“Be patient toward all that is unsolved in your heart and try to love the questions themselves, like locked rooms and like books that are now written in a very foreign tongue. Do not now seek the answers, which cannot be given you because you would not be able to live them. And the point is, to live everything. Live the questions now. Perhaps you will then gradually, without noticing it, live along some distant day into the answer.”
― Rainer Maria Rilke
I think writing is a process of becoming conscious of the questions. We spend most of our lives running from or trying to answer questions, but sitting with the questions themselves in awareness, hardly. We either tiptoe out of the room looking for something else to distract us or set a laser beam on the more obvious but perhaps least sincere resolution. Meditation is a process of defining the questions, waiting, listening, observing the mind until gracefully the question becomes clear. Or if we have great longing we surrender to our tremendous smallness and we merge with the questions like the low tide exchanging sand and water, water and sand, at once, moving together.
Writing is a meditation on the question, refining it, circling around it if we are clumsy, touching it tenderly if we are calm or frightened, breaking it open if we are bold. What are my questions?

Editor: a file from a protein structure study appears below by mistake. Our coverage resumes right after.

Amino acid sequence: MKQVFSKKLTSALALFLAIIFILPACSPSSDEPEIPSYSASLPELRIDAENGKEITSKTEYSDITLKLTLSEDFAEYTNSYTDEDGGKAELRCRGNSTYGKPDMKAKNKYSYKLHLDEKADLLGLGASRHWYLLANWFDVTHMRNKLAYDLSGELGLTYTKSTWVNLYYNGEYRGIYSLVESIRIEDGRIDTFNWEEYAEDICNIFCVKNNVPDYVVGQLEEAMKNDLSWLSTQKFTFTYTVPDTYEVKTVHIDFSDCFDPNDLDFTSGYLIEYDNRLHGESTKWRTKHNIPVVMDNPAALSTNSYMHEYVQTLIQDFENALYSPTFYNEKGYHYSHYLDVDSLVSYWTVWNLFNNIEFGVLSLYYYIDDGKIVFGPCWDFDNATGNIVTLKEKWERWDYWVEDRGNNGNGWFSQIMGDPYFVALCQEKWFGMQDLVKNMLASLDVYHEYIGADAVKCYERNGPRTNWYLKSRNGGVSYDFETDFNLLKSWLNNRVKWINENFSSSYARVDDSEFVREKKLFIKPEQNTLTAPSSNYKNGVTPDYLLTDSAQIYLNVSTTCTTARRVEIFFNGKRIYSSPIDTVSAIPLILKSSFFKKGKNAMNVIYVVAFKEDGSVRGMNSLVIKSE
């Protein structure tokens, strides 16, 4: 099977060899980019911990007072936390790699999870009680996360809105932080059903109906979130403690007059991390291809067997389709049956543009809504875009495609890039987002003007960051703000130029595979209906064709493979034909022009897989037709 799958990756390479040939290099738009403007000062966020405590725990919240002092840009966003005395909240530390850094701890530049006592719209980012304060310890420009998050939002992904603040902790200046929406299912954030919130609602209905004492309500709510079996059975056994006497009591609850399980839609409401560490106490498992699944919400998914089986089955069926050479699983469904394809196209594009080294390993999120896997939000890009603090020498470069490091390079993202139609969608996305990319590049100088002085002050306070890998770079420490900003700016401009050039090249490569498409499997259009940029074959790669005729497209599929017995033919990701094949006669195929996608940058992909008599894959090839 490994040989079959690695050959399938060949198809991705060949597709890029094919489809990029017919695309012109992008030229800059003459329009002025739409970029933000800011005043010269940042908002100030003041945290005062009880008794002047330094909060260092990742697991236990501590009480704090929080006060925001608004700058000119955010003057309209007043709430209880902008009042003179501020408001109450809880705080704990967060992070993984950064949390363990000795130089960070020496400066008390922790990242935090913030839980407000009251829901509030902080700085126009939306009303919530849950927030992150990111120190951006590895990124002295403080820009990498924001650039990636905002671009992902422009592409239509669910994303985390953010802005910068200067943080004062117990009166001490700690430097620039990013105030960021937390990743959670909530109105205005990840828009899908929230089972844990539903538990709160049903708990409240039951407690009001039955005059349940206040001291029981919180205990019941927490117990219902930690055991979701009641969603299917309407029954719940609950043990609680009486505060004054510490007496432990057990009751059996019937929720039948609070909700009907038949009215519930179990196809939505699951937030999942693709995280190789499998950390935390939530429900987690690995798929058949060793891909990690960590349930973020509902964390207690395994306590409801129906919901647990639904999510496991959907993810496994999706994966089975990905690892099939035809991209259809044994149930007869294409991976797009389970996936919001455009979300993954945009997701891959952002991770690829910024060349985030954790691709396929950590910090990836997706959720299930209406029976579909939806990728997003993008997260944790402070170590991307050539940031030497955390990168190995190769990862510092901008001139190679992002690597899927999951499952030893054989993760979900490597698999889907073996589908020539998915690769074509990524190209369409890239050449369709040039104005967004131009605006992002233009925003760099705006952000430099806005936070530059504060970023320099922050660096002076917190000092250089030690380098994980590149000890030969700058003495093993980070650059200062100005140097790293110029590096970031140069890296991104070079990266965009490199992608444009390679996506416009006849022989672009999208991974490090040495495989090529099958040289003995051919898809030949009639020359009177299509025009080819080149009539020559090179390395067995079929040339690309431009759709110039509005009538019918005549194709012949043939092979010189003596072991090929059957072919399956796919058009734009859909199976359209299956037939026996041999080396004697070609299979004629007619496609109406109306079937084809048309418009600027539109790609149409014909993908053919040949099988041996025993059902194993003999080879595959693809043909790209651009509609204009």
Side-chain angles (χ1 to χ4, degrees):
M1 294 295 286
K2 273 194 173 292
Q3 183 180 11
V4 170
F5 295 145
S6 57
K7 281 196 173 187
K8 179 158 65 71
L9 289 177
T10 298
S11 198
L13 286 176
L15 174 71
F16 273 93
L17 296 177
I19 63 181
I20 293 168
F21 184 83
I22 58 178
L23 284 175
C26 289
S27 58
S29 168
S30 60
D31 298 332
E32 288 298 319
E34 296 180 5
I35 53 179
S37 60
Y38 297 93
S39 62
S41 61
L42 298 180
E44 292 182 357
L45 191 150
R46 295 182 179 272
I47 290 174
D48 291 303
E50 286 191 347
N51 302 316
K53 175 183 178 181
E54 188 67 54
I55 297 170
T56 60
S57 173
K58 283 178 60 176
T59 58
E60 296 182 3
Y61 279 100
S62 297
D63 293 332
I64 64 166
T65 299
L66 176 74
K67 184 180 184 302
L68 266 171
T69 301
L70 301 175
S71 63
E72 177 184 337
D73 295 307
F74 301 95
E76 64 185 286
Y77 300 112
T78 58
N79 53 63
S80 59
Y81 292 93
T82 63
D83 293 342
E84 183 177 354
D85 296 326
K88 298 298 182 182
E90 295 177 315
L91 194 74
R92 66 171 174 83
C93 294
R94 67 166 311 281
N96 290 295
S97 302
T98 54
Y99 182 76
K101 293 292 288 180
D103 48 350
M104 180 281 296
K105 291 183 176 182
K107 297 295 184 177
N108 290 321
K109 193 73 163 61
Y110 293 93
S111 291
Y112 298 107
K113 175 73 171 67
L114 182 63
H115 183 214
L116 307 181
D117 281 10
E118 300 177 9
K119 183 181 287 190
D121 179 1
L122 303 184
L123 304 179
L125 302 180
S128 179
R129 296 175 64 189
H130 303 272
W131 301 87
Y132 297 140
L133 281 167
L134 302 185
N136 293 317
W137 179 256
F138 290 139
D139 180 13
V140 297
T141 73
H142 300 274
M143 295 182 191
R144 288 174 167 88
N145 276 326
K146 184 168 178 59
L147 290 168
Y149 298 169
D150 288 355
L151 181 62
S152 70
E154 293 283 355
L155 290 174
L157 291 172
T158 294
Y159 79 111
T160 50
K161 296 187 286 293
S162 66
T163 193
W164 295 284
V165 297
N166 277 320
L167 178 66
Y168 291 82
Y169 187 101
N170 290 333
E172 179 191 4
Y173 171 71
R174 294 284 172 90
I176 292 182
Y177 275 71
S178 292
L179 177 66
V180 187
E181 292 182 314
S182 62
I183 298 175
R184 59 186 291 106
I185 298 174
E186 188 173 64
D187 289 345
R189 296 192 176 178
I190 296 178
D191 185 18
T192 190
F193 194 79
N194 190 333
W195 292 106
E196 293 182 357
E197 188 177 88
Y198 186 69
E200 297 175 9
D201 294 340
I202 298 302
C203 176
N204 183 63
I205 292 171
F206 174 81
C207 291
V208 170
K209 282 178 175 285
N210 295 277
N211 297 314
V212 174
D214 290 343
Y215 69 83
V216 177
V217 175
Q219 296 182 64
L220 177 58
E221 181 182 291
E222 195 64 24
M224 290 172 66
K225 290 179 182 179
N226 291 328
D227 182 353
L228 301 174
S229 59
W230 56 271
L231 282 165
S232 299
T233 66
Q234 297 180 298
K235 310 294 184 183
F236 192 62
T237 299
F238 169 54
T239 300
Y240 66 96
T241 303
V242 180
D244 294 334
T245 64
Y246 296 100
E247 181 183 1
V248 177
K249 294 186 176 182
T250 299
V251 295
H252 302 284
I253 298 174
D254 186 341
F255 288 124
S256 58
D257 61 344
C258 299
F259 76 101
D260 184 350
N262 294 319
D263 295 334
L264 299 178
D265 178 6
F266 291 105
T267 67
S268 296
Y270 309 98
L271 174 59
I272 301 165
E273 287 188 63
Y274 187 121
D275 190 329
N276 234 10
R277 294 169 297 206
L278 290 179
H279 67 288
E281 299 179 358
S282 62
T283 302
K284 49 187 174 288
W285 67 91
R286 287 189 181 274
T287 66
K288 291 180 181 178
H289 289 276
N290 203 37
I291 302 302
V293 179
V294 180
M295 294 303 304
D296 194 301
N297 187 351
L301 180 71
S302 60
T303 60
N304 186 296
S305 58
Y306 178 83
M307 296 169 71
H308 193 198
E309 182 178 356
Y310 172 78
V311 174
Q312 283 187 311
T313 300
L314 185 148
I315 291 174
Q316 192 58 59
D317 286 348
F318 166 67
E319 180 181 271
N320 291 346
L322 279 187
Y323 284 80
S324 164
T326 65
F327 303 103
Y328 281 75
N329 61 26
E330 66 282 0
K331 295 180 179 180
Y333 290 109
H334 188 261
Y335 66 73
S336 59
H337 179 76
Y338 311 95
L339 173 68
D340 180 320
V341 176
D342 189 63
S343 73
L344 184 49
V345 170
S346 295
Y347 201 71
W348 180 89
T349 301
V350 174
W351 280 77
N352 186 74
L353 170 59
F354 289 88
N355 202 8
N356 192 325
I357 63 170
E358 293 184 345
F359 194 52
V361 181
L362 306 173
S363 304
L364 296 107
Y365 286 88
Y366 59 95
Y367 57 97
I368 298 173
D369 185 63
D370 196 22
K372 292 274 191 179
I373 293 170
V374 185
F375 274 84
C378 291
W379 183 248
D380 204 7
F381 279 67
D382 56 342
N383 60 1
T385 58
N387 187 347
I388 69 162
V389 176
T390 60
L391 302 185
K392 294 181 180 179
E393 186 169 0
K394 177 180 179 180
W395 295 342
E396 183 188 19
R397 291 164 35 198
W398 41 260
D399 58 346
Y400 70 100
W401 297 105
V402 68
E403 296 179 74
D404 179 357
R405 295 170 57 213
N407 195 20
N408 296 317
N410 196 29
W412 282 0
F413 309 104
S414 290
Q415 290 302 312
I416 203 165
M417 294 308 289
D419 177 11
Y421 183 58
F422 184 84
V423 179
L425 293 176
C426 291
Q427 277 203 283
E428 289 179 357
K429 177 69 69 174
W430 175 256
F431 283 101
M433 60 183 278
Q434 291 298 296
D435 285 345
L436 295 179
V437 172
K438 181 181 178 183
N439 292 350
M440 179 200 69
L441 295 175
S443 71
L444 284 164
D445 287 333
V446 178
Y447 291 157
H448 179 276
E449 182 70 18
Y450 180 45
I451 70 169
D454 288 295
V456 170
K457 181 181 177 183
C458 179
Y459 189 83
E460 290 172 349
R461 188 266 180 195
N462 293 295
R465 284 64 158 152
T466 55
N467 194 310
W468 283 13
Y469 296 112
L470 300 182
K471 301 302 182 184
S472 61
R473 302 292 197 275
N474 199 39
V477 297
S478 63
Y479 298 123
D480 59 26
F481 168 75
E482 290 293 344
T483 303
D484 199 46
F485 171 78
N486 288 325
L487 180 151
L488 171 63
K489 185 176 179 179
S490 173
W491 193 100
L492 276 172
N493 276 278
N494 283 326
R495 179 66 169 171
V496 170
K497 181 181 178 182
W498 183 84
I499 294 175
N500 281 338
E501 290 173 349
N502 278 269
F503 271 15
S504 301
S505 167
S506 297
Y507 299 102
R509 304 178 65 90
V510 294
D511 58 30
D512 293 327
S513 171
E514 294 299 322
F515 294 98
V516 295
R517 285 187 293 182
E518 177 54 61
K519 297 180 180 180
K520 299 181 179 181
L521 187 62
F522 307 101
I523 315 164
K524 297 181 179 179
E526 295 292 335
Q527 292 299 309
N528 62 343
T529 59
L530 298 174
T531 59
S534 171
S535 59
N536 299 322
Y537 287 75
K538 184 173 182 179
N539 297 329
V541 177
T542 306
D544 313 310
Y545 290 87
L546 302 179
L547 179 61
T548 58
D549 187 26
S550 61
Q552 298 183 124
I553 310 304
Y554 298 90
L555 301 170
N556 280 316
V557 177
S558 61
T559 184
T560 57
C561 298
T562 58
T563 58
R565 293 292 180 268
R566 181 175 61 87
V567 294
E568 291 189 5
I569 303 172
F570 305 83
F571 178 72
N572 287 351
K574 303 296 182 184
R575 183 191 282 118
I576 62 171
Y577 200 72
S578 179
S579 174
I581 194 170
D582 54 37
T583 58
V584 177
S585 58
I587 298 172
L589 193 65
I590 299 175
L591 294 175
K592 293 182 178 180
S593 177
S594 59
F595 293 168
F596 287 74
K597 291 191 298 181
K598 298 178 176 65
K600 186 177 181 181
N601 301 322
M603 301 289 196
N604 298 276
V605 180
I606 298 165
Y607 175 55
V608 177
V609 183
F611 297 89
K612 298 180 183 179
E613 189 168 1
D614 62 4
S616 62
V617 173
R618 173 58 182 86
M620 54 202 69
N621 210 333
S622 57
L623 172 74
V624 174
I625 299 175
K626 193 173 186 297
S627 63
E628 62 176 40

Lately I am facing the question of place, where do we belong?
This is something we have been patient with, waiting for an answer; we have been living with the question. I deal out different answers, sure, but only because social conventions oblige us. We have been diving through the question for more than a year, a clock ticking beside us on the wall and still underwater. Mostly we feel stillness there observing the fish, the rocks, the lake weeds, is there a warm swirl of water there where the sun comes through illuminating the mica in the stones, rose colored quartz and golden sunfish swimming? I admit, sometimes I panicked and kicked upwards to breathe the air and called it all absurd, but I didn’t throw myself back onto the shore. I waited and the question itself became a part of me and I could again feel the peaceful observance. We want to know the answer, of course, but this question will only be answered through small gifts of listening shells, maybe something will wash up on the shore, catch our eye while swimming and the collection will speak the answer with its weight. I think it unlikely that we will find a sunken treasure, but a few rare jewels may suffice.
To be more true to Rilke’s sentiments, by living the question, we may live the answer. In our waiting we have made discoveries, not of jewels but of our hearts own desires, of decisions made by not deciding. We don’t need to be near the door of a Gurdwara Sahib, we have lived this year without it and found enough faith in our four walls to sustain us. We only found it by waiting. I know that living above the ground has kept me from touching it. I know I can’t live so far above the ground for much longer, I need that first floor door to propel me out where great joy awaits in dark soil and puddles and stemmed and rooted things. In our waiting for Spring, Spring itself will propel me, send me seeking soil. The mud will embed in my fingers and I will become a part of that place. The answers come in the living of it. The compass twitches with our own electromagnetic force.